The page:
Confidence falls dramatically in September

Nia Williams

October 13, 2010

The index now stands at its lowest level for over a year and significantly below the long-run average of 83.

The Spending Index saw the biggest fall in September, decreasing by 14 points to 85 – the lowest level this measure has reached since November 2008, bringing it below the long-run average of 92.

Consumers’ faith in the present situation also fell back following the small gains seen since May of this year. At 22 points the Present Situation Index now stands at the same level as December 2009. Likewise, the Expectations Index fell notably by 12 points to 73 during September to reverse the previous months’ increase in sentiment.

Consumers expressed a guarded optimism towards the housing market in September, with a very marginal improvement in sentiment. Consumers now expect the value of their home to increase by 0.1% over the next six months. This compares to a fall of 0.1% predicted in August.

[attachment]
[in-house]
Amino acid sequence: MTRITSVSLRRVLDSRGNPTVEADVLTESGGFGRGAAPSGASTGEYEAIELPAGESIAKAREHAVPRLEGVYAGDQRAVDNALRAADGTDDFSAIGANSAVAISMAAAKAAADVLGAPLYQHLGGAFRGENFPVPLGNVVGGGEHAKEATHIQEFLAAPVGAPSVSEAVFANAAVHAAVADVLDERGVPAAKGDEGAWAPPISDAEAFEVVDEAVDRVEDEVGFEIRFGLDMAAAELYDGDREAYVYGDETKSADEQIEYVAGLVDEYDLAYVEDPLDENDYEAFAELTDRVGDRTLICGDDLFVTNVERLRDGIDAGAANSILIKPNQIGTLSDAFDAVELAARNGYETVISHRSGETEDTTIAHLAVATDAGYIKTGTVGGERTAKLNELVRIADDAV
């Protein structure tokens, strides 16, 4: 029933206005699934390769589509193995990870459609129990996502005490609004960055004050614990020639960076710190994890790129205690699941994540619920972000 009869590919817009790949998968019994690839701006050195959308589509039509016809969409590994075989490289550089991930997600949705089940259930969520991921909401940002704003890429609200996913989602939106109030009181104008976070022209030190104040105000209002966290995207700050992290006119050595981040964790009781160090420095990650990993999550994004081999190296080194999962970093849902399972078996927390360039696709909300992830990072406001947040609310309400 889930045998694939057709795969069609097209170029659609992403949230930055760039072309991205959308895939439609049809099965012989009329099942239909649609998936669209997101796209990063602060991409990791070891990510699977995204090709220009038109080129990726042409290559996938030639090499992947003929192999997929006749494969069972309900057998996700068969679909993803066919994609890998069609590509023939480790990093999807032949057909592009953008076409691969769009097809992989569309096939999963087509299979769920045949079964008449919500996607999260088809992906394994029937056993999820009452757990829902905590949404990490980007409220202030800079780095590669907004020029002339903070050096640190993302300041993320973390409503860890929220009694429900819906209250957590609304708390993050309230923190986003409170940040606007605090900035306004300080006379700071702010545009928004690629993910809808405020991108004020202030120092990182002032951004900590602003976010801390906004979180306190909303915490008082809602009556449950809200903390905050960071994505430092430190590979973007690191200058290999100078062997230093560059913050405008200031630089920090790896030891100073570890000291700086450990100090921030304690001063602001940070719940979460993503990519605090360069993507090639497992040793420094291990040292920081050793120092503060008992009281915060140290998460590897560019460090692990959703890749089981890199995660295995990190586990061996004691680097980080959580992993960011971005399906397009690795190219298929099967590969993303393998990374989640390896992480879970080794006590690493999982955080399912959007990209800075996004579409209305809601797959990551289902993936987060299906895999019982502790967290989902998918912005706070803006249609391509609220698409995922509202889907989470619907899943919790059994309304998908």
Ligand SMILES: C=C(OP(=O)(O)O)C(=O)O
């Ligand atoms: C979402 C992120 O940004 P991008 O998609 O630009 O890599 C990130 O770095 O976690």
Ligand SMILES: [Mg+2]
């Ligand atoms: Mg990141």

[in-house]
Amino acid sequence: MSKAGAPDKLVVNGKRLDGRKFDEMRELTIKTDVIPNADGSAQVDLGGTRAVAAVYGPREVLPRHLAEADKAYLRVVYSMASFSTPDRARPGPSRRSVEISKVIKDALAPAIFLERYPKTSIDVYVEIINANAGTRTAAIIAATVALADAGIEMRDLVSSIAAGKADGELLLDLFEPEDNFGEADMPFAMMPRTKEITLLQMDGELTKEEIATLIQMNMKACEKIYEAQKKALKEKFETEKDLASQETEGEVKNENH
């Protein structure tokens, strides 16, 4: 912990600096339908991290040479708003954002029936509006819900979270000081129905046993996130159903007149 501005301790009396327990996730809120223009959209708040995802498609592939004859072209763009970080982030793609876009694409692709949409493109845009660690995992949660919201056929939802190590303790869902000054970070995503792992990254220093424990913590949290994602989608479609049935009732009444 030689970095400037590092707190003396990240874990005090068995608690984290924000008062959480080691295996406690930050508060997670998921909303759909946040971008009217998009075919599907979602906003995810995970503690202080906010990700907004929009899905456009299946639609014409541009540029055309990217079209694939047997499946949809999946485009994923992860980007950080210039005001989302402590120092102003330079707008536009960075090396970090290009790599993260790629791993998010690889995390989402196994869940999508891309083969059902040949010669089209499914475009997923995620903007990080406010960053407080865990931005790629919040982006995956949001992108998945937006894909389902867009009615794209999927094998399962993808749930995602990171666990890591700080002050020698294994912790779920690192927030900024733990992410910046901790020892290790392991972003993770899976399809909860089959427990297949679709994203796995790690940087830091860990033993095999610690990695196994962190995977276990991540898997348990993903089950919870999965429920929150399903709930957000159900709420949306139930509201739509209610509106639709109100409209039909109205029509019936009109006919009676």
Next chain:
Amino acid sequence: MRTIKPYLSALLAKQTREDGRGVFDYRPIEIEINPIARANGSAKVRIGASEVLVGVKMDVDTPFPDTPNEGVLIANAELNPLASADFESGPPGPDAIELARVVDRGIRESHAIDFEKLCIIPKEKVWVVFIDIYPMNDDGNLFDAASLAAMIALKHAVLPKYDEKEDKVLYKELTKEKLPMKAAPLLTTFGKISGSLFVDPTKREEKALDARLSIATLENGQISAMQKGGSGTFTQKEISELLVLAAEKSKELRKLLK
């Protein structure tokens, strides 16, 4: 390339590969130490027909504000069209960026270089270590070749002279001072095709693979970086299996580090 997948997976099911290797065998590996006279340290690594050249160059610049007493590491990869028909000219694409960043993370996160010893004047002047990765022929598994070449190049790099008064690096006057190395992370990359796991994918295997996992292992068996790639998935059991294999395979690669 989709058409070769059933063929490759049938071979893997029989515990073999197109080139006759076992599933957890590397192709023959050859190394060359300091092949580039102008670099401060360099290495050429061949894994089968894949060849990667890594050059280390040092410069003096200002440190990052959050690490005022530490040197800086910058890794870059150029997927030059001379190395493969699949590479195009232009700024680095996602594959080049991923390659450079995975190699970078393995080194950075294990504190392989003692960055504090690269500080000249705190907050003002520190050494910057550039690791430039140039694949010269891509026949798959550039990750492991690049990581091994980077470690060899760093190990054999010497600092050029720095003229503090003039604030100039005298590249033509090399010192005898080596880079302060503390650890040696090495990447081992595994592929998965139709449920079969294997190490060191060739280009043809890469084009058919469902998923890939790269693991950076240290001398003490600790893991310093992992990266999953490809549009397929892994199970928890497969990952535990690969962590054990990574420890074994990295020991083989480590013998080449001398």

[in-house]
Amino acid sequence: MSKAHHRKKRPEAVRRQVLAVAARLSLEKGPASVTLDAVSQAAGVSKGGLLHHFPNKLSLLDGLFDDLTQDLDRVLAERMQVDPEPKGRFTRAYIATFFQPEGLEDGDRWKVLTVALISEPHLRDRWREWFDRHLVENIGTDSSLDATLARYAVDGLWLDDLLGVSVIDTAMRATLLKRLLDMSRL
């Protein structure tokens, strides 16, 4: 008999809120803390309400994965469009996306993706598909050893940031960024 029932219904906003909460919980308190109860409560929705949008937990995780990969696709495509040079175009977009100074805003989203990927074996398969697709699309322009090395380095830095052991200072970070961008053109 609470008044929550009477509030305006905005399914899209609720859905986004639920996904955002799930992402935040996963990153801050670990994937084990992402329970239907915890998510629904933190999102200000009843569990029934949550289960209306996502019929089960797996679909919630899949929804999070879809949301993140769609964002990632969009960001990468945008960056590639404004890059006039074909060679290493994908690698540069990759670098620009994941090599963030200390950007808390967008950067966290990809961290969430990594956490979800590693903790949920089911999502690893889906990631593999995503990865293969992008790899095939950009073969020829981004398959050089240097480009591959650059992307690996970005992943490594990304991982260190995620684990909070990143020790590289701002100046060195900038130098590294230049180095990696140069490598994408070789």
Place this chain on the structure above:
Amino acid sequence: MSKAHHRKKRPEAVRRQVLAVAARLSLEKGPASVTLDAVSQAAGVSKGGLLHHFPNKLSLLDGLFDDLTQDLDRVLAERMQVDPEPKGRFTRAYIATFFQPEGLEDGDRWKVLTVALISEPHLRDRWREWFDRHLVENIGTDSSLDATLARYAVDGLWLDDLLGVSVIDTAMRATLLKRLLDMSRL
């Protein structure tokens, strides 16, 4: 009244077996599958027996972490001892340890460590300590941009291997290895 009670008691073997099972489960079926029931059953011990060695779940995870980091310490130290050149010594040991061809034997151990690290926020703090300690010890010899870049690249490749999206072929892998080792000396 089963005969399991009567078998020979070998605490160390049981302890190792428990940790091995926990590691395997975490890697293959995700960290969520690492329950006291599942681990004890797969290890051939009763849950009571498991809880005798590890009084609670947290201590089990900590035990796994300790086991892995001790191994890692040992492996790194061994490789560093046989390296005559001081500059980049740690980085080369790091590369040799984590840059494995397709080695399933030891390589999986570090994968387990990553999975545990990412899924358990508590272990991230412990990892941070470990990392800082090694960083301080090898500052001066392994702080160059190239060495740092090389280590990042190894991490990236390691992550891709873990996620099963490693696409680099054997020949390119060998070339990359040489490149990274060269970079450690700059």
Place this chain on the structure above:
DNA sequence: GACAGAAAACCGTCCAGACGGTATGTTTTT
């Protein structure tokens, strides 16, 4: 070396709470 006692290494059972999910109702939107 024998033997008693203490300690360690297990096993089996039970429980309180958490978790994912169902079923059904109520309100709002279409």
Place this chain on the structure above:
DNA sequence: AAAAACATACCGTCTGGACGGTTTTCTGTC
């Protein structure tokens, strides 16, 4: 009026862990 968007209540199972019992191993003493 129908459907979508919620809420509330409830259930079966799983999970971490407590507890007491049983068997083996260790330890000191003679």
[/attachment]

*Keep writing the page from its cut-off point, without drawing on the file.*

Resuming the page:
Martin Gahbauer, Nationwide’s chief economist, said: “September saw confidence return to its downward path following what now appears to have been a temporary uplift in sentiment during August.

“August figures had suggested that confidence may have turned the corner following a succession of falls in the run up to and after the recent General Election. However, these gains have now been reversed following a notable drop in confidence across all main indices in September.

“It would seem that the pessimistic sentiments of a few months ago have been renewed and this has perhaps been driven by a realisation of the true impact of the cuts announced in the emergency Budget.

“The Government’s impending Spending Review is likely to have a strong influence on consumer confidence in the coming weeks and we can expect the index to remain volatile until the full impact of this has been assessed.”

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